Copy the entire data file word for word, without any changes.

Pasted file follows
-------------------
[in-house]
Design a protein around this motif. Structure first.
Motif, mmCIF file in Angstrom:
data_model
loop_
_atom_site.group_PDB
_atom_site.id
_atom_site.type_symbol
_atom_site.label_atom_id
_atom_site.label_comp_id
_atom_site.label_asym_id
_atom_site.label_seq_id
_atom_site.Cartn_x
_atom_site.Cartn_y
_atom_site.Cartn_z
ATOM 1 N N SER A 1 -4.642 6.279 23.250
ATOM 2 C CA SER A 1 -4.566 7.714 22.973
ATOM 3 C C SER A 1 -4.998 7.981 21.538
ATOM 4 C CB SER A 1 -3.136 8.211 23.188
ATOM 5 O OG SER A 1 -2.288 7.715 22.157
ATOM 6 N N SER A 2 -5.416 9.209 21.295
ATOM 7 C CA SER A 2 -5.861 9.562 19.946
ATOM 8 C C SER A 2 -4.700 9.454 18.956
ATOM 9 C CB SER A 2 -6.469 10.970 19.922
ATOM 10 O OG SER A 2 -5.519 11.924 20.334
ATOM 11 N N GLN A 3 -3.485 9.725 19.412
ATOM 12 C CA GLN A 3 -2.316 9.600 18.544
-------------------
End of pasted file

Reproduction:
[in-house]
Design a protein around this motif. Structure first.
Motif, mmCIF file in Angstrom:
data_model
loop_
_atom_site.group_PDB
_atom_site.id
_atom_site.type_symbol
_atom_site.label_atom_id
_atom_site.label_comp_id
_atom_site.label_asym_id
_atom_site.label_seq_id
_atom_site.Cartn_x
_atom_site.Cartn_y
_atom_site.Cartn_z
ATOM 1 N N SER A 1 -4.642 6.279 23.250
ATOM 2 C CA SER A 1 -4.566 7.714 22.973
ATOM 3 C C SER A 1 -4.998 7.981 21.538
ATOM 4 C CB SER A 1 -3.136 8.211 23.188
ATOM 5 O OG SER A 1 -2.288 7.715 22.157
ATOM 6 N N SER A 2 -5.416 9.209 21.295
ATOM 7 C CA SER A 2 -5.861 9.562 19.946
ATOM 8 C C SER A 2 -4.700 9.454 18.956
ATOM 9 C CB SER A 2 -6.469 10.970 19.922
ATOM 10 O OG SER A 2 -5.519 11.924 20.334
ATOM 11 N N GLN A 3 -3.485 9.725 19.412
ATOM 12 C CA GLN A 3 -2.316 9.600 18.544